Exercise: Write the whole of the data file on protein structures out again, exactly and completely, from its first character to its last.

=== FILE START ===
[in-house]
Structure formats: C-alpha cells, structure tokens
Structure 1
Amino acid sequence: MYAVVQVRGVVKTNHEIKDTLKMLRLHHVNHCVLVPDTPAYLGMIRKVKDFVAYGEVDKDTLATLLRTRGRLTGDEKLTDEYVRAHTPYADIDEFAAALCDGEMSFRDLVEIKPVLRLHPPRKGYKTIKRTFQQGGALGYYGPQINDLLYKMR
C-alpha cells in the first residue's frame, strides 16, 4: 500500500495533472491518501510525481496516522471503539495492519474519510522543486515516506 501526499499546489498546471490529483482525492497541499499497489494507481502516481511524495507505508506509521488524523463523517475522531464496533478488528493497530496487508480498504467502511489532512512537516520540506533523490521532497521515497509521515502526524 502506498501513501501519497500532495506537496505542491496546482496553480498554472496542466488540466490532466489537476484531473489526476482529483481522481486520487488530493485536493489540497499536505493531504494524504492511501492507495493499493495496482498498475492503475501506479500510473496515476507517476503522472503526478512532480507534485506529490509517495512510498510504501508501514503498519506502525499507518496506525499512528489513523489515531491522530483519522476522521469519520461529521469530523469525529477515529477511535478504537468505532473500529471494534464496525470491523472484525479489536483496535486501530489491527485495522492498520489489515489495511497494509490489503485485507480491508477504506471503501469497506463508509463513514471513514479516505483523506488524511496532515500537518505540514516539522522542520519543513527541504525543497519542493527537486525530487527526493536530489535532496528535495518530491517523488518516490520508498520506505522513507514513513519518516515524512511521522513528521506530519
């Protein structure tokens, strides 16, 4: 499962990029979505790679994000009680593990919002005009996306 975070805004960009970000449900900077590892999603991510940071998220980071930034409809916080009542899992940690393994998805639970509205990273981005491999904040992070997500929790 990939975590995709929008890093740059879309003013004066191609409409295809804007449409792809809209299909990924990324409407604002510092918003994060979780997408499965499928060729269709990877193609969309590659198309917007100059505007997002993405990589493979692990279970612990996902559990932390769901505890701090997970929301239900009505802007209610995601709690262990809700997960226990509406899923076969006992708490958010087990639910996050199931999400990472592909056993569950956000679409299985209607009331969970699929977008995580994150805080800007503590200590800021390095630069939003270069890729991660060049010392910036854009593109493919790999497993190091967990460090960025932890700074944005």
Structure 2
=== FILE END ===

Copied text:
[in-house]
Structure formats: C-alpha cells, structure tokens
Structure 1
Amino acid sequence: MYAVVQVRGVVKTNHEIKDTLKMLRLHHVNHCVLVPDTPAYLGMIRKVKDFVAYGEVDKDTLATLLRTRGRLTGDEKLTDEYVRAHTPYADIDEFAAALCDGEMSFRDLVEIKPVLRLHPPRKGYKTIKRTFQQGGALGYYGPQINDLLYKMR
C-alpha cells in the first residue's frame, strides 16, 4: 500500500495533472491518501510525481496516522471503539495492519474519510522543486515516506 501526499499546489498546471490529483482525492497541499499497489494507481502516481511524495507505508506509521488524523463523517475522531464496533478488528493497530496487508480498504467502511489532512512537516520540506533523490521532497521515497509521515502526524 502506498501513501501519497500532495506537496505542491496546482496553480498554472496542466488540466490532466489537476484531473489526476482529483481522481486520487488530493485536493489540497499536505493531504494524504492511501492507495493499493495496482498498475492503475501506479500510473496515476507517476503522472503526478512532480507534485506529490509517495512510498510504501508501514503498519506502525499507518496506525499512528489513523489515531491522530483519522476522521469519520461529521469530523469525529477515529477511535478504537468505532473500529471494534464496525470491523472484525479489536483496535486501530489491527485495522492498520489489515489495511497494509490489503485485507480491508477504506471503501469497506463508509463513514471513514479516505483523506488524511496532515500537518505540514516539522522542520519543513527541504525543497519542493527537486525530487527526493536530489535532496528535495518530491517523488518516490520508498520506505522513507514513513519518516515524512511521522513528521506530519
């Protein structure tokens, strides 16, 4: 499962990029979505790679994000009680593990919002005009996306 975070805004960009970000449900900077590892999603991510940071998220980071930034409809916080009542899992940690393994998805639970509205990273981005491999904040992070997500929790 990939975590995709929008890093740059879309003013004066191609409409295809804007449409792809809209299909990924990324409407604002510092918003994060979780997408499965499928060729269709990877193609969309590659198309917007100059505007997002993405990589493979692990279970612990996902559990932390769901505890701090997970929301239900009505802007209610995601709690262990809700997960226990509406899923076969006992708490958010087990639910996050199931999400990472592909056993569950956000679409299985209607009331969970699929977008995580994150805080800007503590200590800021390095630069939003270069890729991660060049010392910036854009593109493919790999497993190091967990460090960025932890700074944005």
Structure 2